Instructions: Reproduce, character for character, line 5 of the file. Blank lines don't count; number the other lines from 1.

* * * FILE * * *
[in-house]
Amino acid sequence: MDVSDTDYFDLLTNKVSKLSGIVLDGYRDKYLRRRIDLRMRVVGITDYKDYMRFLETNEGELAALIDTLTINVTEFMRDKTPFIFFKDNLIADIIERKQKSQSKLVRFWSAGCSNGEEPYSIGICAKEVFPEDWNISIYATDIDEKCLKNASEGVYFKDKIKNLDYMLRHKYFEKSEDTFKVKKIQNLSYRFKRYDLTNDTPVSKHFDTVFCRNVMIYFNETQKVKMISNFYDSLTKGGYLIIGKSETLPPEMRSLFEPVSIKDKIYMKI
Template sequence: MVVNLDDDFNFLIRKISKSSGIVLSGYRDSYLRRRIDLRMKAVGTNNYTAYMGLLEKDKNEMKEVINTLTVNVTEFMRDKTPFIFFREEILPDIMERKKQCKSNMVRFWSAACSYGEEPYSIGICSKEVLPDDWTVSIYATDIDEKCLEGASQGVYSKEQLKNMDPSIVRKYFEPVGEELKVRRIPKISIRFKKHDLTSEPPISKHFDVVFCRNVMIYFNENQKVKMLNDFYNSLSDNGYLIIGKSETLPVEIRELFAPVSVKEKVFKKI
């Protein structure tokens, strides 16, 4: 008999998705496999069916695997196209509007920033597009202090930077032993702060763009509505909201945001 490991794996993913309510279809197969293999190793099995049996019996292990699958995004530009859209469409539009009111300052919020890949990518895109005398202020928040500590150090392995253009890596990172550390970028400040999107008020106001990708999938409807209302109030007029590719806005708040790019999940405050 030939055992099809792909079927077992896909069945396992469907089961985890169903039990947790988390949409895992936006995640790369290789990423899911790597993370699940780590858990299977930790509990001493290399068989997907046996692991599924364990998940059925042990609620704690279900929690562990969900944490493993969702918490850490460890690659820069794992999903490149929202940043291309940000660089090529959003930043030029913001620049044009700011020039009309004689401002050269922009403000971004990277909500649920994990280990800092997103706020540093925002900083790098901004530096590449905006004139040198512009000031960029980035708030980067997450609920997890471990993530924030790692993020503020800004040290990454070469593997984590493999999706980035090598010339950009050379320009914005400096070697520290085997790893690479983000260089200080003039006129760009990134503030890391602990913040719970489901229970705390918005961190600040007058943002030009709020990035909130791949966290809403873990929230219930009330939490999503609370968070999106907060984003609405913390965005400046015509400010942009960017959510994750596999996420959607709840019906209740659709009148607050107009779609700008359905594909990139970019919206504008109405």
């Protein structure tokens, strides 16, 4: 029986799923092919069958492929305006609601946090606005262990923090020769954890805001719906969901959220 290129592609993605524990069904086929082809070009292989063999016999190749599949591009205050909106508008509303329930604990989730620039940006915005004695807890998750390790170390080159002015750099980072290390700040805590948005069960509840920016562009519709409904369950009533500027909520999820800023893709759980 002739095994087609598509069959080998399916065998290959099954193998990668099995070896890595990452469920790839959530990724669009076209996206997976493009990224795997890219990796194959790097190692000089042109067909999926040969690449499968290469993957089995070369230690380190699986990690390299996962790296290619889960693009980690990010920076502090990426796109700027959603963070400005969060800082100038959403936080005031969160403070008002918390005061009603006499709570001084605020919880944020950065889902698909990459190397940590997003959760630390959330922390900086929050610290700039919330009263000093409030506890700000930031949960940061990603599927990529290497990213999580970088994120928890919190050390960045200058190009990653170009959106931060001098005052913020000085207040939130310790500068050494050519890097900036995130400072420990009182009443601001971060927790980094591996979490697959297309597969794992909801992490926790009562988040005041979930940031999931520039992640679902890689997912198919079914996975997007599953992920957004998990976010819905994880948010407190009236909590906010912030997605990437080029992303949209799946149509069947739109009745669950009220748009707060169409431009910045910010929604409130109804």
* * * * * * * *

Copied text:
């Protein structure tokens, strides 16, 4: 029986799923092919069958492929305006609601946090606005262990923090020769954890805001719906969901959220 290129592609993605524990069904086929082809070009292989063999016999190749599949591009205050909106508008509303329930604990989730620039940006915005004695807890998750390790170390080159002015750099980072290390700040805590948005069960509840920016562009519709409904369950009533500027909520999820800023893709759980 002739095994087609598509069959080998399916065998290959099954193998990668099995070896890595990452469920790839959530990724669009076209996206997976493009990224795997890219990796194959790097190692000089042109067909999926040969690449499968290469993957089995070369230690380190699986990690390299996962790296290619889960693009980690990010920076502090990426796109700027959603963070400005969060800082100038959403936080005031969160403070008002918390005061009603006499709570001084605020919880944020950065889902698909990459190397940590997003959760630390959330922390900086929050610290700039919330009263000093409030506890700000930031949960940061990603599927990529290497990213999580970088994120928890919190050390960045200058190009990653170009959106931060001098005052913020000085207040939130310790500068050494050519890097900036995130400072420990009182009443601001971060927790980094591996979490697959297309597969794992909801992490926790009562988040005041979930940031999931520039992640679902890689997912198919079914996975997007599953992920957004998990976010819905994880948010407190009236909590906010912030997605990437080029992303949209799946149509069947739109009745669950009220748009707060169409431009910045910010929604409130109804």